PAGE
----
Vancouver Folk Music Festival, July 16 2011 – Imaginary Cities, The Burning Hell, Elliott Brood and more
– by Shawn Conner/photos by Dasha Lushnikova
Organizers probably weren’t too pleased, but the gloomy weather benefited those souls hardy enough to venture into the Vancouver Folk Festival grounds Saturday.
Picture a music festival without any lines, easy access and proximity to stages, and the usual roster of top-notch local and international acts, and the slightly chilly and wet conditions fade into the background. Sure, there were few if any hippie-chicks hula-hooping, but this was a small price to pay for what we did get:
• Imaginary Cities – Once over their technical difficulties, this Winnipeg band – handpicked by The Pixies to open for them on a tour earlier this year – brought an indie-pop element to the afternoon. Marti Sarbit‘s powerful vocals added soul to the hook-filled tunes from the band’s 2011 debut, Temporary Resident; “Hummingbird”, one of the album’s best, soared. The band will be back in Vancouver following another tour opening for The Pixies this fall.
• Pokey Lafarge and the South City Three – I missed this St. Louis-based Western swing band, but I mention this as a cautionary tale: not only did I find out later that the group had the best merch (including an old-fashioned-looking print featuring a big ol’ catfish and an intricate cartoon-y T-shirt design) but that they have some terrific songs. If you get the chance, don’t miss them live.
Watch – Pokey Lafarge and the South City Three, “Claude Jones” and “Drinkin’ Whiskey Tonight”:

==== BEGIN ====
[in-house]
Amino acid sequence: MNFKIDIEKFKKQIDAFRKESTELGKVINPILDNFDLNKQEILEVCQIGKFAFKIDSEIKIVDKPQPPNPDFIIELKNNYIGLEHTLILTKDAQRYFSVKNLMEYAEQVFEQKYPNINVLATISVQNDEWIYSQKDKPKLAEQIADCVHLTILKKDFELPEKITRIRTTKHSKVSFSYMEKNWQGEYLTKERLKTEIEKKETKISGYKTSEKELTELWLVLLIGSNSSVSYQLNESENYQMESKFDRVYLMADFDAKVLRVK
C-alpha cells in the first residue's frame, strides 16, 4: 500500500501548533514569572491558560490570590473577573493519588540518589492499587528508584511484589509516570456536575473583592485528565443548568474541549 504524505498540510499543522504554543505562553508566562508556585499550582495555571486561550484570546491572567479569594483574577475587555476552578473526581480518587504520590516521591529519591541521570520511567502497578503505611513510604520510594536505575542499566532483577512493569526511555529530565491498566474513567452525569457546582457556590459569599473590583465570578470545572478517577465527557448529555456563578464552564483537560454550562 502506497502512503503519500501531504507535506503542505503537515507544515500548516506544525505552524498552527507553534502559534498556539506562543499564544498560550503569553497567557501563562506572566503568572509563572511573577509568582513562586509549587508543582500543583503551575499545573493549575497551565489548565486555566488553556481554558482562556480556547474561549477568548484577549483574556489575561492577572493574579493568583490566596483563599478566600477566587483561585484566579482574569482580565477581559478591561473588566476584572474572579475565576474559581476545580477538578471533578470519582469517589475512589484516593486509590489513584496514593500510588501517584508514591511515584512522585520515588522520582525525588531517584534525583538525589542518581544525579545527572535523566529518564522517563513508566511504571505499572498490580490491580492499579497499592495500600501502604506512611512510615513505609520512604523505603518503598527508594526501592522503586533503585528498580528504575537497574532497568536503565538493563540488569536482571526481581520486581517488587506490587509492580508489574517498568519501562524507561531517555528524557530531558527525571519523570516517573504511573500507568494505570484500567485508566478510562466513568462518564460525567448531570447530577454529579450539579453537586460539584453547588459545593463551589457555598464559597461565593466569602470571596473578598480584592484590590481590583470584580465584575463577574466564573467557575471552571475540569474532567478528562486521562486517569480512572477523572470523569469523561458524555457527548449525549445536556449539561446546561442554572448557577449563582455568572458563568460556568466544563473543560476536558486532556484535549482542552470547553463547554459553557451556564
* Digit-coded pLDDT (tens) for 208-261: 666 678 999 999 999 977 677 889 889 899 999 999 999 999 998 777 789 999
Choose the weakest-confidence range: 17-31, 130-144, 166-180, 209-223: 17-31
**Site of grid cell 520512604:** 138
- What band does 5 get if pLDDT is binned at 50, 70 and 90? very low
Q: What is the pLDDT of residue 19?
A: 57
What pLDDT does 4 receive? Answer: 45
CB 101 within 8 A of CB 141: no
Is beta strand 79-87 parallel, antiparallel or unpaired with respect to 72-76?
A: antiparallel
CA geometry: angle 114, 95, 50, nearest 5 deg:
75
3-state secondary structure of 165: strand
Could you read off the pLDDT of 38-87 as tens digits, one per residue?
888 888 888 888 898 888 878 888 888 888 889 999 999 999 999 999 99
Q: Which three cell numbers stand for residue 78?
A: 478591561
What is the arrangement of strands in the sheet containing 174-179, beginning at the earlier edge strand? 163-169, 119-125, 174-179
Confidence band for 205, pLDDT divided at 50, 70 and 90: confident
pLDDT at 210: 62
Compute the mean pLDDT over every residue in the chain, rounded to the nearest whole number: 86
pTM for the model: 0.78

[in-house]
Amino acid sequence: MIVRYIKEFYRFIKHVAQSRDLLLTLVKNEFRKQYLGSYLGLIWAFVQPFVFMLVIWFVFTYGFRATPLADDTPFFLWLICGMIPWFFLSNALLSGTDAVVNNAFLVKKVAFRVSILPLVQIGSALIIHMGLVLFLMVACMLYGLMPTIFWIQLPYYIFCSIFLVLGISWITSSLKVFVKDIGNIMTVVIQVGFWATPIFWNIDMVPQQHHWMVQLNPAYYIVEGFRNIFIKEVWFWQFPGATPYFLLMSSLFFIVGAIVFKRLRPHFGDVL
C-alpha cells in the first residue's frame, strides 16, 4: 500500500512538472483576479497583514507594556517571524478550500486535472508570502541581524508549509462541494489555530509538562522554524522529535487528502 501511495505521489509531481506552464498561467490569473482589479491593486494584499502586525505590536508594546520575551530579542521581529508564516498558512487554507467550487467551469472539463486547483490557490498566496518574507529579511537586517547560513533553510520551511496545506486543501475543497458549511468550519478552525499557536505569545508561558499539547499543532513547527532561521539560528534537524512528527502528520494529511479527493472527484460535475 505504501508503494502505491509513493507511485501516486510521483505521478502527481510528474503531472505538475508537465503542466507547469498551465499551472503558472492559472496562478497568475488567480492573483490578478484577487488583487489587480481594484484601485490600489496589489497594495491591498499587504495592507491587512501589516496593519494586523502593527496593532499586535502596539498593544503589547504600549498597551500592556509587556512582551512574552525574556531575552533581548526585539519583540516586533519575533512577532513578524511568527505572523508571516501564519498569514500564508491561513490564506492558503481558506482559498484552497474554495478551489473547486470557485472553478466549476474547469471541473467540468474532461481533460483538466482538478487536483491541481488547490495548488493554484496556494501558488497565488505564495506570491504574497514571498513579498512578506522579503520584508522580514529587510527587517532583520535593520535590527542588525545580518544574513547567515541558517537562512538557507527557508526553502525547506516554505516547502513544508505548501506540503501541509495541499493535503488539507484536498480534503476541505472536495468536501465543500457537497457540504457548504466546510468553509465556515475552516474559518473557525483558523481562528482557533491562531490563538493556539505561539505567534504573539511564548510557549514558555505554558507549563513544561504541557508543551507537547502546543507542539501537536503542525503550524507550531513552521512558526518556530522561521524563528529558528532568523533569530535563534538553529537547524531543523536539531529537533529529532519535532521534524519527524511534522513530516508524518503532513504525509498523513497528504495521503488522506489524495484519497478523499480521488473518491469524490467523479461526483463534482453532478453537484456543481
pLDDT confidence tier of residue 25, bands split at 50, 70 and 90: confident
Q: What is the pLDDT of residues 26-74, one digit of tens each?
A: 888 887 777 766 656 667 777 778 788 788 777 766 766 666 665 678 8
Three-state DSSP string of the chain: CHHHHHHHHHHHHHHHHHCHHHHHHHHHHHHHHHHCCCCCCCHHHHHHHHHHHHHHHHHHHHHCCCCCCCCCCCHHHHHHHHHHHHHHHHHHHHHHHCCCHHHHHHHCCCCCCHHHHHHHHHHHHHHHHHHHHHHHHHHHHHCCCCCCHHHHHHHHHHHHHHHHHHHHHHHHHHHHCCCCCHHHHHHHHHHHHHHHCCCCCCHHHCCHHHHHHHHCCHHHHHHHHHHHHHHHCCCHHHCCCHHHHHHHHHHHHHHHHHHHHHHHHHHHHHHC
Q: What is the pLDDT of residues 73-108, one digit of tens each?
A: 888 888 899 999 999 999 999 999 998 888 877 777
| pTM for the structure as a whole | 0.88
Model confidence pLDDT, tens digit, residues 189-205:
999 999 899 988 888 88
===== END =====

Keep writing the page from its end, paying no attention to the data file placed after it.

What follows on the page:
• The Burning Hell – On each of The Burning Hell’s five albums, singer/songwriter/frontman Mathias Kom has proved that he’s got a singular gift for lyrics, so much so that it’s easy to lose track of the melodies and music. Live, though, with the seven-piece band trading riffs and vocal lines, The Burning Hell is phenomenal. This was everything I want in a folk music festival performance – funny between-song stories, lots of audience interaction and a band that looks like they’re having the time of their lives.
• Rosanne Cash – We were in the beer garden for most of Cash’s performance, too far to really see or hear anything clearly, but it behooves me to mention her set. The singer alternated between ballads, such as a slow-burn take on Bob Dylan‘s “Boots of Spanish Leather”, and bluesier, rocking songs; she also had on a dynamite red dress. Although there are a number of Cash tunes that I love, including her wonderful 1981 hit “Seven Year Ache”, the lure of the Stage 3 – where Elliott Brood was playing, and where we’d already seen The Burning Hell and Imaginary Cities – proved too much.
• Elliott Brood – The Toronto three-piece laid down a set of rocking “power-roots” (thanks to my esteemed colleague Adrian Mack for that one) songs, including “Oh Alberta”, that had everyone, even the tarp-people, standing up and rocking out. The second-best performance I saw, after The Burning Hell’s.
• The Jayhawks – After seven hours in the mud, wet grass and cold, we needed more than just the immaculate harmonies and lovely melodies that this veteran Minnesota roots-rock band seemed willing to provide – at least for the first part of the set. As we were leaving, though, we heard in the distance what sounded like electric guitars, as though the Jayhawks had just remembered they were playing amplified instruments. For the sake of those who stuck around, including I’m sure many diehard ‘hawks fans, I hope the rest of the set was satisfying.